That rise and follow one another ever,
Ghosts of sleeping battle-cruisers loom
And languish quickly in the liquid gloom.

From watching them your eyes in tears are gleaming,
And your heart is still; and like a sound
In silence is your stillness in the streaming
Of light-whispered laughter all around,
Where happy passengers are homeward bound.

Their sunny journey is in safety ending,
But for you no journey has an end.
The tears that to your eyes their light are lending
Shine in softness to no waiting friend;
Beyond the search of any eye they tend.

There is no nest for the unresting fever
Of your passion, yearning, hungry-veined;
There is no rest nor blessedness forever
That can clasp you, quivering and pained,
Whose eyes burn ever to the Unattained.

Like time, and like the river's fateful flowing,
Flowing though the ship has come to rest,
Your love is passing through the mist and going,
Going infinitely from your breast,
Surpassing time on its immortal quest.

The ship draws softly to the place of waiting,
All flush forward with a joyful aim,
And while their hands with happy hands are mating,
Lips are laughing out a happy name--
You pause, and pass among them like a flame.

BORNE on the low lake wind there floats to me,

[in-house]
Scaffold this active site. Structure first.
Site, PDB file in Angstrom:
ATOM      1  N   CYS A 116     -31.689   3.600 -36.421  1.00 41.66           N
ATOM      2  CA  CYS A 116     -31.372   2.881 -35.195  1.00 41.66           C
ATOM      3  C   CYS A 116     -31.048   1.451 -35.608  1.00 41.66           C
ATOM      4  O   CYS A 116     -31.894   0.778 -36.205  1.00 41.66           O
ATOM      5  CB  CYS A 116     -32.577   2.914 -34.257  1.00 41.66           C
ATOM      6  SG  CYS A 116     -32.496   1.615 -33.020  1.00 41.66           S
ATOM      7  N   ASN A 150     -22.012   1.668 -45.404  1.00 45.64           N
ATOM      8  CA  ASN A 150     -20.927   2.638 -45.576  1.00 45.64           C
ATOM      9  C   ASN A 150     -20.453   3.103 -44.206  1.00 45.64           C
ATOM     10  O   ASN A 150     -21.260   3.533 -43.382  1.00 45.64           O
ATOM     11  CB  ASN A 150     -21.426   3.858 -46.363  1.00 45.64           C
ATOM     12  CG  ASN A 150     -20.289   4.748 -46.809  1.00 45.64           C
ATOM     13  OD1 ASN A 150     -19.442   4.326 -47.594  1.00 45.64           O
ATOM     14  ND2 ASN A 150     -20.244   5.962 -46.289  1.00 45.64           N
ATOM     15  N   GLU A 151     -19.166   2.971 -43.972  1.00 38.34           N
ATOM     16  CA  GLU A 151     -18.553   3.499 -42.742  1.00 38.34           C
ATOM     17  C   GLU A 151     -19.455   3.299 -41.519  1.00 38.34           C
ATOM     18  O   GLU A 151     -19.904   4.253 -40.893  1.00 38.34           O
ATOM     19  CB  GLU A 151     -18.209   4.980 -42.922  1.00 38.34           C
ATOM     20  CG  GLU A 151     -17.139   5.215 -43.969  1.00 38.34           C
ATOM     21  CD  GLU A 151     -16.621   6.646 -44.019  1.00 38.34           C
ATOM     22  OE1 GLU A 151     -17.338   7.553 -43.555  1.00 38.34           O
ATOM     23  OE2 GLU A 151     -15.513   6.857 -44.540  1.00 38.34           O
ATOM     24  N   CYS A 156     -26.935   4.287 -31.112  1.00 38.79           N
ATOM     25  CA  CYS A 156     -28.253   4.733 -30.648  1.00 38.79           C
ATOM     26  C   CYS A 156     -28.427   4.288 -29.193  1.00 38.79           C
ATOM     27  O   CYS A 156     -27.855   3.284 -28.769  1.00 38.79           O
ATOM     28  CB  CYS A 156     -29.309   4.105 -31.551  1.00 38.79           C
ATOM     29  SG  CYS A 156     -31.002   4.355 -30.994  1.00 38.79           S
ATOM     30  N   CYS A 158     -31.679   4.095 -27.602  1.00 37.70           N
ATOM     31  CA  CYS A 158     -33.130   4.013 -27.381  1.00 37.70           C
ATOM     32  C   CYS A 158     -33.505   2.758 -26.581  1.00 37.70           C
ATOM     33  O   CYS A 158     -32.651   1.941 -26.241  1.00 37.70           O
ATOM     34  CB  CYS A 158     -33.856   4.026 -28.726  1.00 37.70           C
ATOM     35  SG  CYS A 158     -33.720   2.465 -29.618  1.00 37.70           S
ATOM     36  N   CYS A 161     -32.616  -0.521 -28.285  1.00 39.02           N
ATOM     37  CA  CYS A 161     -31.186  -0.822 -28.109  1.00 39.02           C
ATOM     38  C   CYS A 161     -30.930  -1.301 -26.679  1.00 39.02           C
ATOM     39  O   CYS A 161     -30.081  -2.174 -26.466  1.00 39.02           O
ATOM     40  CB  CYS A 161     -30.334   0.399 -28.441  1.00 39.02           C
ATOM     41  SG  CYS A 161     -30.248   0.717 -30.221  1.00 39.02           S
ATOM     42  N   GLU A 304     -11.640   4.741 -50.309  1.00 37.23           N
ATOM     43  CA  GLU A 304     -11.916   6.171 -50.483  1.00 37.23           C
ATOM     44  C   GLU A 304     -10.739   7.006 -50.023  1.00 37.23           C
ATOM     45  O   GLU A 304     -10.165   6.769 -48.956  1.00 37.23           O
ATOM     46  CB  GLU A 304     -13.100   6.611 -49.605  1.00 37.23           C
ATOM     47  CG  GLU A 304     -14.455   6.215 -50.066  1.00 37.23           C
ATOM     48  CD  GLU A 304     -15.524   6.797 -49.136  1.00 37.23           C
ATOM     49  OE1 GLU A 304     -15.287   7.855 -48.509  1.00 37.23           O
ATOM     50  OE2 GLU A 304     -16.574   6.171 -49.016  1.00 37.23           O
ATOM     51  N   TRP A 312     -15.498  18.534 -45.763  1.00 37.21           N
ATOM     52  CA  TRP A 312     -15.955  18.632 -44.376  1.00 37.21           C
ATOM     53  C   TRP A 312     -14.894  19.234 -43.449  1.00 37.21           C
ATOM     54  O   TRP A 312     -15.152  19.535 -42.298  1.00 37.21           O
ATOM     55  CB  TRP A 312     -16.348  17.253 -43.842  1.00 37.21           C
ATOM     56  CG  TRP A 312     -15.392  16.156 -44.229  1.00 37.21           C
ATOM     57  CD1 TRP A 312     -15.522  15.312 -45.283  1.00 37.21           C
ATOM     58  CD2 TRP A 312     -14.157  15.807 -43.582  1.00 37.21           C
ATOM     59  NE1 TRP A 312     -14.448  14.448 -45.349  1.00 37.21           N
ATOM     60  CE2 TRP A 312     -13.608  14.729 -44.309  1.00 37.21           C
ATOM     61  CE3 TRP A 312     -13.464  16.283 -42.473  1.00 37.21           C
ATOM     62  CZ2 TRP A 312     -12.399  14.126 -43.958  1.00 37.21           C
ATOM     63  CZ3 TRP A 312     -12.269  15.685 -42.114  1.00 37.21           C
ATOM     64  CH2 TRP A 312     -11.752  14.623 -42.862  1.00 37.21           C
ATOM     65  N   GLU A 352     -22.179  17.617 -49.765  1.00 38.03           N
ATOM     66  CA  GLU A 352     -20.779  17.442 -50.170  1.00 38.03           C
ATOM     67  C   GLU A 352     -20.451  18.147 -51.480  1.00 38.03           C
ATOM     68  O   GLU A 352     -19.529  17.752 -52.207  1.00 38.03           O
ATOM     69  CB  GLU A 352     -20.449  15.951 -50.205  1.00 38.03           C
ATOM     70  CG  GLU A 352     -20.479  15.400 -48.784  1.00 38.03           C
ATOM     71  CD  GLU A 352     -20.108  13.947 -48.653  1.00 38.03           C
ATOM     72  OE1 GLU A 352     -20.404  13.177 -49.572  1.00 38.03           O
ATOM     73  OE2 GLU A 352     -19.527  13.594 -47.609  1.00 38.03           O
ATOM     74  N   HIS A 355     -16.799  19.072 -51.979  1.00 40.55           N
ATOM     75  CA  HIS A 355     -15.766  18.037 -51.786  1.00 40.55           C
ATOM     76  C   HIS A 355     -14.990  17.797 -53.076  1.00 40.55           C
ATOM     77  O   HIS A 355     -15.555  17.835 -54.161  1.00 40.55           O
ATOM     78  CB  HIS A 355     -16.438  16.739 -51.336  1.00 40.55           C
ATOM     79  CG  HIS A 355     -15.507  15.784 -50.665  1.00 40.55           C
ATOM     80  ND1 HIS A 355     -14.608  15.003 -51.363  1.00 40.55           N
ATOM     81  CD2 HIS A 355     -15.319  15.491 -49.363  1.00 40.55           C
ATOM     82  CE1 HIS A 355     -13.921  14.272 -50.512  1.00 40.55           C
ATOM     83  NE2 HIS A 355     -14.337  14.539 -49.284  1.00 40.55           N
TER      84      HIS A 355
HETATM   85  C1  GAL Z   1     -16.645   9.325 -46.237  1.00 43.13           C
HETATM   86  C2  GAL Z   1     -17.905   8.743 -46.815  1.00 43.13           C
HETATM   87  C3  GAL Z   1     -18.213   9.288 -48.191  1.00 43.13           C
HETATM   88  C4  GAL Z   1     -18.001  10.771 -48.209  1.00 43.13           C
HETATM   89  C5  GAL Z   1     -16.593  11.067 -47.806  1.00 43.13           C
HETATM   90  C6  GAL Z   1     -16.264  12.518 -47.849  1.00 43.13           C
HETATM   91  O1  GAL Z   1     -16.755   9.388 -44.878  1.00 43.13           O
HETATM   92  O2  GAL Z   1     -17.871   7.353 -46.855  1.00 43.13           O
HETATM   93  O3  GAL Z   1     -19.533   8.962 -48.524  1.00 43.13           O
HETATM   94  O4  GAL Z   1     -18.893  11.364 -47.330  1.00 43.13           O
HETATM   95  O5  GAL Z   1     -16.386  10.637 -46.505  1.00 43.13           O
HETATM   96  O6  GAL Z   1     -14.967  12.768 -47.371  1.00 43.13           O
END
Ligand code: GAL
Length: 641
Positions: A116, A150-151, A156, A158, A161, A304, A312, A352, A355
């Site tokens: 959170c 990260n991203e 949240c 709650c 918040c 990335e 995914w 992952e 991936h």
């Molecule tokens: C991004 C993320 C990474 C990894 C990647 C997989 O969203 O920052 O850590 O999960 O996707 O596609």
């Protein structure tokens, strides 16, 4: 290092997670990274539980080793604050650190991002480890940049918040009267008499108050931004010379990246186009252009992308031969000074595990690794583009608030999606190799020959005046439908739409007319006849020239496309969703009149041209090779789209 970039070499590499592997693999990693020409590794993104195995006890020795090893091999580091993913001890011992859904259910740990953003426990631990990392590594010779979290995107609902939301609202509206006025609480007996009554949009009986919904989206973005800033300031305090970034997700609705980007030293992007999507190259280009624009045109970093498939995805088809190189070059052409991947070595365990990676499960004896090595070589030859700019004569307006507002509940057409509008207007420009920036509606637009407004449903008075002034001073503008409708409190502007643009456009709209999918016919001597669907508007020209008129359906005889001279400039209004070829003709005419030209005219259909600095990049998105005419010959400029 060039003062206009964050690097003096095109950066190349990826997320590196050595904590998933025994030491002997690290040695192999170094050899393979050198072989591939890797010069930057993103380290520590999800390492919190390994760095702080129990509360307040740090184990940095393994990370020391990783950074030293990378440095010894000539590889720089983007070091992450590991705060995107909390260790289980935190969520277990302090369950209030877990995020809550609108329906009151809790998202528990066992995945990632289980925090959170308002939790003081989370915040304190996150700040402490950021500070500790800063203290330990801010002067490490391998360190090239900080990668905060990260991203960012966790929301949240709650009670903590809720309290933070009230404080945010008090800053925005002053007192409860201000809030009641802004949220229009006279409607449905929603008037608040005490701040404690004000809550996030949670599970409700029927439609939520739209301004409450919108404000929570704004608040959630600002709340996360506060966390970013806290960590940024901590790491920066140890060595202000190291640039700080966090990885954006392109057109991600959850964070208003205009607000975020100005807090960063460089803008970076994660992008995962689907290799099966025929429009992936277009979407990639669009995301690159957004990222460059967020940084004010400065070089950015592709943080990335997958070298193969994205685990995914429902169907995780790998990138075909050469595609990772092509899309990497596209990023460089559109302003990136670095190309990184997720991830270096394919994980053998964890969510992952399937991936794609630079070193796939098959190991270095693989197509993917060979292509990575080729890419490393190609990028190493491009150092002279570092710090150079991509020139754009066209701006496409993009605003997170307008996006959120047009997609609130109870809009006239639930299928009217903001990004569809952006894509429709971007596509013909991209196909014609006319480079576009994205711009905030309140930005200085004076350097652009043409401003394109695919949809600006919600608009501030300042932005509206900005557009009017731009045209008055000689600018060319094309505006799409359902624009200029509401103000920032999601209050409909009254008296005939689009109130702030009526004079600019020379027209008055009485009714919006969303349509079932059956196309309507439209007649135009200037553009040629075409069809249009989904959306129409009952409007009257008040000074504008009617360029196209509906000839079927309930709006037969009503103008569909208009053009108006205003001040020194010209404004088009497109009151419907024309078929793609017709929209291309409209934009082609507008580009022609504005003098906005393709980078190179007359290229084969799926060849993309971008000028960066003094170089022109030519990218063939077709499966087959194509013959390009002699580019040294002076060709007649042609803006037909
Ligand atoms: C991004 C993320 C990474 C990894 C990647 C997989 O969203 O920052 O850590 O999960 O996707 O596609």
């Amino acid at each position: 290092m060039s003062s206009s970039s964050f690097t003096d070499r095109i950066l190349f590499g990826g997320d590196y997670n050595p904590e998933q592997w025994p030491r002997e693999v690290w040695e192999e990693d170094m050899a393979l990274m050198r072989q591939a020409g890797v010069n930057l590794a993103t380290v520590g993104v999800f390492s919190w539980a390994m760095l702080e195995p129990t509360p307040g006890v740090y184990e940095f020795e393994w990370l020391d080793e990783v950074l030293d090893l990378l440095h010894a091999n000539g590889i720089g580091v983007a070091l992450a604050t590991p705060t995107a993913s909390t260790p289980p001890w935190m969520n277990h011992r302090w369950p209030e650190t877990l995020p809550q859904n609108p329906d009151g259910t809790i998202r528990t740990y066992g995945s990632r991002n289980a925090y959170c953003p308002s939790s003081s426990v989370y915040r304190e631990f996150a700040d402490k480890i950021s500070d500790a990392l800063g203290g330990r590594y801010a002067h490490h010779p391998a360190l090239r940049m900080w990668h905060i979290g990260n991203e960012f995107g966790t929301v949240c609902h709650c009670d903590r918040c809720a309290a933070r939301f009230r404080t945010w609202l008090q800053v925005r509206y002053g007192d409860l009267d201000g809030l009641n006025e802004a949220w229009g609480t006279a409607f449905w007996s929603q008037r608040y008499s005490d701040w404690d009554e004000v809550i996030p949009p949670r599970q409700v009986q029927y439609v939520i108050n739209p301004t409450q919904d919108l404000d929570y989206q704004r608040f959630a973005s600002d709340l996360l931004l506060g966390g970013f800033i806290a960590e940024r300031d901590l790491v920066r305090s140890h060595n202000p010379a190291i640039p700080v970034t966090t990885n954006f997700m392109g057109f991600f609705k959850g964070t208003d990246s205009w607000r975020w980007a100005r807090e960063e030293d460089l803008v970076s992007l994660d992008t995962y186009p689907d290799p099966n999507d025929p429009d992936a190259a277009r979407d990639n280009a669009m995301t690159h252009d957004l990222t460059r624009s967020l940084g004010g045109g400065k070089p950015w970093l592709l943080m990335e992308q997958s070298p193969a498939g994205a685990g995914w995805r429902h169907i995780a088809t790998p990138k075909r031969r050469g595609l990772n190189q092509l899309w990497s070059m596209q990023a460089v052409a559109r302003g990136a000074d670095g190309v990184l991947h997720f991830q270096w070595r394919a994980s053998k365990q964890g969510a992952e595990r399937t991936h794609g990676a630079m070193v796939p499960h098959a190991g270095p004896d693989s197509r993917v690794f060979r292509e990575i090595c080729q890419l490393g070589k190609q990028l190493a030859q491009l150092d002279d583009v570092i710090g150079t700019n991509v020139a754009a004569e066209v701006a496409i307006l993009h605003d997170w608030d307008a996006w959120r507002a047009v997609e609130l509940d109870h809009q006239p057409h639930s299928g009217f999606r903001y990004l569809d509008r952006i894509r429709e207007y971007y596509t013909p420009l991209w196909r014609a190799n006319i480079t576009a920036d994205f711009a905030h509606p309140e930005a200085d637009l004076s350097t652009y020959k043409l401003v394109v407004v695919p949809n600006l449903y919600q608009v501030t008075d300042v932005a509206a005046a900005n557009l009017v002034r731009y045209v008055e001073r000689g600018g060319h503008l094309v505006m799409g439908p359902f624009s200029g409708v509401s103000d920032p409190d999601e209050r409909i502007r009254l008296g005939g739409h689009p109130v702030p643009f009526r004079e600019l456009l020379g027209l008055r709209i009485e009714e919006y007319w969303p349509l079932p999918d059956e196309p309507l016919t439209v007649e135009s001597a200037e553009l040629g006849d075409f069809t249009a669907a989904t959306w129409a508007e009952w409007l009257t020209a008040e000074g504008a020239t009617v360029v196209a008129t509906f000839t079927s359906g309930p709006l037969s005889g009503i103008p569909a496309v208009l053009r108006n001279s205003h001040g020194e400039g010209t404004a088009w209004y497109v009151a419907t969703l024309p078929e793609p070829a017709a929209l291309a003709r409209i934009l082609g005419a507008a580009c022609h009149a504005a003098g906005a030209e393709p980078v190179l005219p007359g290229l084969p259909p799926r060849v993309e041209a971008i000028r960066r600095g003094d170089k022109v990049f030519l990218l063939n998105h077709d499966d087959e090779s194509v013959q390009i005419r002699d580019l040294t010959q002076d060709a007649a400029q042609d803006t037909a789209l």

Out of the distant hill, a sigh of bells,
Mystic, worshipful, almost unheard,
As though the past should answer me, and I
In pagan solitude bow down my head.

MY HEART is sick because of all the eyes
That look upon you drinkingly.
They almost touch you with their fever look!
keep your beauty like a mystic gem,
Clear-surfaced--give no fibre grain of hold
To those prehensile amorous bold eyes!
My heart is sick!
                           O love, let not my heart
Corrupt the flower of your liberty--
Go spend your beauty like the summer sky
That makes a radius of every glance,
And with your morning color light them all!

YOUR eyes were gem-like in that dim deep chamber
Hushed and sombre with imprisoned fire,
With yellow ghostly globes of intense aether
Potent as the rays of pure desire.

Your voice was startled into vivid wonder,
When the winged wild whining mystic wheel
Took flight and shot the dark with frosty crashings
Like an ice-berg splitting to the keel.

Your flesh was never warmer to my passion
Than when, moving in that lumor green,
We saw with eyes our fragile bones enamoured
Clasping sadly on the pallid screen.

You seemed so virginal and so undreaming
Of the burning hunger in my eyes,
To peer more fever-deeply in your being
Than the very death of passion lies.

The subtle-tuned shy motions of your spirit,
Fashioned through the ages for the sun,
Were dumb in that green lustre-haunted cavern
Where you walked a naked skeleton;

Slim-hipped and fluent and of lovely motion,
Living to the tip of every bone,
And ah, too exquisitely vivid-moving
Ever to lie wanly down alone--

To lie forever down so still and slender,
Tracing on the ancient screen of night